One of the biggest lessons in networking is having a firm handshake. Not one that crushes your partner’s hand, but one that shows, “I’m confident and I care”.
Figuring out how a social utility could embody that kind of interaction has been one of the goals since I joined Anthillz as a consultant back in July.
We’ve gone through a number of iterations, both with the functionality and the marketing of Anthillz. I’m really happy with the latest iteration, as it feels closest to what I’ve been describing to people for a while in terms of potential.
The problem we identified is that most of the “online social networking” being done in business is weak handshakes. Even LinkedIn, while it has testimonials, puts the focus on building huge numbers of connections (hence the 500+ badge). We’re not going to take down LinkedIn, but we certainly can help focus its users on what’s really important.
Large networks are a fun competition, but anyone can enter and win. Strong networks have a higher barriar to entry. Think about it. How many of the hundreds of connections on your LinkedIn network can you really recommend? Not many. And that’s the problem we’re looking to start solving.
The new Anthillz adds a barrier to entry for networking, much like “real social networking”. You know. The offline kind that most of the business force sucks at.
Real social networking takes work, and much more than a business card exchange to be effective in the long term. Just because you gave me your card doesn’t mean I think you’re the best person for the job. In Anthillz, adding someone to your “trusted colleague” network has a barrier to entry: you have to write something about that person. And in order for the connection to be completed, they need to write something back. The system does what it can to enforce a balanced social economy. Over time, it’d be nice to pull back the reins, but I think we need to break some bad social networking habits first.
Take a look at my profile if you’re looking for an example.
Sure, people can write bullshit reviews, but that’s where we can learn from lessons of other review-powered systems and apply them here to make the good stuff bubble to the top. I’m SUPER pumped to see how that begins to evolve as more people start filling the site with testimonials for their trusted colleagues.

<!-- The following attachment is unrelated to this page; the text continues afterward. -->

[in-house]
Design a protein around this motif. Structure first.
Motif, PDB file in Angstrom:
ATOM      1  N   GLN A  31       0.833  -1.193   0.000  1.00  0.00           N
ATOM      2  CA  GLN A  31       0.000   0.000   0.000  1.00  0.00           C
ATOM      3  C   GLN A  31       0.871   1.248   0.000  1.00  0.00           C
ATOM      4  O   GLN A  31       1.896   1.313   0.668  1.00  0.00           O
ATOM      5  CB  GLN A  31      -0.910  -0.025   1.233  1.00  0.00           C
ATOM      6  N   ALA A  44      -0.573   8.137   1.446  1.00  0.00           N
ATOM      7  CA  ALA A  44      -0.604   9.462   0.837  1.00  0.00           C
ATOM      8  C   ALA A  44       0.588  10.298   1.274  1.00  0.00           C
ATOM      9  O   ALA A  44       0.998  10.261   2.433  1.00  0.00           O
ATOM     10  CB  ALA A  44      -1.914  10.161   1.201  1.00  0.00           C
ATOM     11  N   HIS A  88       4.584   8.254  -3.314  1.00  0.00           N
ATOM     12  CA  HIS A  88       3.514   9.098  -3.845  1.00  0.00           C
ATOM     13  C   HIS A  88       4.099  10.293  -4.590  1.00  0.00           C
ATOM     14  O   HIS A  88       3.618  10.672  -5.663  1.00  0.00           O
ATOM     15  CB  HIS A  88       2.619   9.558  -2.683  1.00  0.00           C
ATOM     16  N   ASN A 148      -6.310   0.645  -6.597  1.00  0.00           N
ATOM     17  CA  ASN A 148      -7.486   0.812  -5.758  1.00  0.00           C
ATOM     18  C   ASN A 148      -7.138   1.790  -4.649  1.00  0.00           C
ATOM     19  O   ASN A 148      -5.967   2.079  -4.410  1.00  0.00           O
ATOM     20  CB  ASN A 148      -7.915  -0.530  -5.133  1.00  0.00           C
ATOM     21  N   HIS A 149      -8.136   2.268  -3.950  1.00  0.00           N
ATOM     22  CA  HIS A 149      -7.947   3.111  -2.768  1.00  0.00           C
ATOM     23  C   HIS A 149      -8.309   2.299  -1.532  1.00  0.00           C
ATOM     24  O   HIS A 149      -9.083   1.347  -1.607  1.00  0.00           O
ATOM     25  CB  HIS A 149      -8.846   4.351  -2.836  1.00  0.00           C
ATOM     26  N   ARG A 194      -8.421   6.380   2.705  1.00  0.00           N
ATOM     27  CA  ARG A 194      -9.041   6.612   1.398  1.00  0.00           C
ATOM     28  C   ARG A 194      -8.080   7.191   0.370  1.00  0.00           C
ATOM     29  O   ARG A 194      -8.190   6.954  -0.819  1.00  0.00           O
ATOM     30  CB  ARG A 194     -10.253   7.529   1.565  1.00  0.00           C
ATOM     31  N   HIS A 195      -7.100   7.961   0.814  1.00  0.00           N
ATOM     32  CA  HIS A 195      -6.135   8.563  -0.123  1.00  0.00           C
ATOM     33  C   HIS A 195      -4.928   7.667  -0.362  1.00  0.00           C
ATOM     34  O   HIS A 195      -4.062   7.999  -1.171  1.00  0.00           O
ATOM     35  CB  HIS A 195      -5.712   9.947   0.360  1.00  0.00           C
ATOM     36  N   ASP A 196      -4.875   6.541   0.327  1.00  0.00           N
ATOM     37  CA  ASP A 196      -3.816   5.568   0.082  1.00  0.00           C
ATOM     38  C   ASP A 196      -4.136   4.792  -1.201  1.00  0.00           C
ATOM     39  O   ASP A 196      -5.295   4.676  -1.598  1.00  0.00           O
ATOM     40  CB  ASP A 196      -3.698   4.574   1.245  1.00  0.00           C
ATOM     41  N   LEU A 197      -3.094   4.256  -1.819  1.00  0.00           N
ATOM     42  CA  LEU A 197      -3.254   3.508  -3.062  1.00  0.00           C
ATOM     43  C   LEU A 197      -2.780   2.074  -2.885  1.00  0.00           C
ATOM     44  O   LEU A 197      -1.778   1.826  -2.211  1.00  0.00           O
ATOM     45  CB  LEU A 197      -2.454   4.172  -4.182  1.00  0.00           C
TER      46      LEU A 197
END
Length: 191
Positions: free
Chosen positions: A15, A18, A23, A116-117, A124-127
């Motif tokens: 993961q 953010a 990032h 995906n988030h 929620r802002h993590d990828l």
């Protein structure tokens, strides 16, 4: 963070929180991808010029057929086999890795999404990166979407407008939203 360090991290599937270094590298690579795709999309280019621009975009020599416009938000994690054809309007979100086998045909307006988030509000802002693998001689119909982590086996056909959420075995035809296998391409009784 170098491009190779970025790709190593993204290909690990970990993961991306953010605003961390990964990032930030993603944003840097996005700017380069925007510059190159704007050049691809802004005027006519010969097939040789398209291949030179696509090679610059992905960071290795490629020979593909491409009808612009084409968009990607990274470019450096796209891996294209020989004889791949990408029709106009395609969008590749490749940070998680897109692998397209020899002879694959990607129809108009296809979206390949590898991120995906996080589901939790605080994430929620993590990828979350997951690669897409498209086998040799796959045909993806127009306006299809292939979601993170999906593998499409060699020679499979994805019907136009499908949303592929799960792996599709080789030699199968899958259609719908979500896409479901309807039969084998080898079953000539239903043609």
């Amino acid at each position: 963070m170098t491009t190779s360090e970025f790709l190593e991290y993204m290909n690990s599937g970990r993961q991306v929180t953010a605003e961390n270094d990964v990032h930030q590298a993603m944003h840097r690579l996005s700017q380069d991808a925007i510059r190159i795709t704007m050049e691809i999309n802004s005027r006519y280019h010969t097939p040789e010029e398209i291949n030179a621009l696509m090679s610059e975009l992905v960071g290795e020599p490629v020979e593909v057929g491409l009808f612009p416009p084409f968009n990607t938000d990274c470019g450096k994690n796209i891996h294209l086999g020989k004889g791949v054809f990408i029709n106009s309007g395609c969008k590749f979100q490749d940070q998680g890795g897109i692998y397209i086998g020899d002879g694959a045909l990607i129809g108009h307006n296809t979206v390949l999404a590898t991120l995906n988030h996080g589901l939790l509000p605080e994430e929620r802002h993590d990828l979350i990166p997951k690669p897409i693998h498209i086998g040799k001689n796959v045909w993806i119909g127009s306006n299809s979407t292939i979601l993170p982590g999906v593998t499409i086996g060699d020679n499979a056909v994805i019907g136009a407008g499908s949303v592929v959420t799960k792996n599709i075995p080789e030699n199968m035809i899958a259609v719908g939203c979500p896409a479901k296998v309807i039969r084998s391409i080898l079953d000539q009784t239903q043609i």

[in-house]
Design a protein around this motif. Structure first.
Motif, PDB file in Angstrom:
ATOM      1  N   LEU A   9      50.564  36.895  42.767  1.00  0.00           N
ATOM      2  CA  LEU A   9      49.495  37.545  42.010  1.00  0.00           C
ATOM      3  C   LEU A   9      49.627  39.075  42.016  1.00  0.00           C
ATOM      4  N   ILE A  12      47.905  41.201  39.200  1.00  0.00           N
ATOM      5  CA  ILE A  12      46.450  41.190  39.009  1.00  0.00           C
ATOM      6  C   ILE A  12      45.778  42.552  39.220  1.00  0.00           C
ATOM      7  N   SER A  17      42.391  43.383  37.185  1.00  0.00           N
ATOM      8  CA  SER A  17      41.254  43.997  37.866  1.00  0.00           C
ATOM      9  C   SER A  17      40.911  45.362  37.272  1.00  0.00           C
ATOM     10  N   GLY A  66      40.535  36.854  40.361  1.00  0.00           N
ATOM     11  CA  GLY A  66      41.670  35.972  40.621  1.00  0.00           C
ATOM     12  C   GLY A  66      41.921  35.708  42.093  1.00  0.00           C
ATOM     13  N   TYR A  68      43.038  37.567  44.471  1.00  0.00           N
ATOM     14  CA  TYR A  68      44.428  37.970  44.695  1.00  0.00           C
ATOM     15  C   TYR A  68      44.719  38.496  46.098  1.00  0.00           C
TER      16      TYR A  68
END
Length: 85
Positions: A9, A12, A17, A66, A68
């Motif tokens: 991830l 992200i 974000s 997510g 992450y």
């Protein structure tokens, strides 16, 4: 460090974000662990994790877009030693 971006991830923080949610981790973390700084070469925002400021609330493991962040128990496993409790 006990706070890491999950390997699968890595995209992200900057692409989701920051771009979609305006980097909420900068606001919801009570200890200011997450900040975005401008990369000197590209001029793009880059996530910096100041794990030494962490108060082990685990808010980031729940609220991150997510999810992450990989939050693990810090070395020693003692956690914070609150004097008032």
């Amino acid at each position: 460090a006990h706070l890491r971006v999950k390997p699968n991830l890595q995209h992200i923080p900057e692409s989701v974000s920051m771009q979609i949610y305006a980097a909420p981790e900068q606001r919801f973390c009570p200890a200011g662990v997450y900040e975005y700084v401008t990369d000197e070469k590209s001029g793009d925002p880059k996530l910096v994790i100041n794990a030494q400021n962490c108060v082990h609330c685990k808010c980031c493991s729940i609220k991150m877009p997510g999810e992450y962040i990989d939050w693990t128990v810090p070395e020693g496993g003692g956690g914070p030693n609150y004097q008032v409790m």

I’m excited to see the new Anthillz live for a number of reasons. One, I think this is the strongest the product has been in the life cycle that I’ve been around for, and I believe that the team has done a tremendous job working together towards this goal.
Second, this is a great example of how social networks don’t have to generate a ton of noise in order to appear effective. In fact, the contrary is more true in my opinion.
Finally, there’s been a great deal of discussion about openness and portability in the roadmap for future versions of Anthillz’s technology. We’ve already got XFN (rel=me and rel=colleague) baked in, and as such, are participating in the Google social graph API. Future additions will hopefully include things like hCard and hReview. OpenID? I’d love to, but we’ve already given our audience a barriar to entry in this version by design, and I don’t think they need another one quite yet. I’m confident that in time, understanding and ubiquity of OpenID concepts will get to a point where it makes sense for us to support it. Hopefully sooner than later.
I’m really interested to see how the newest version of the system begins to take hold, and how people use it. People’s actual use will be the driving factor in next iterations, so help the product grow by using it and sharing your thoughts.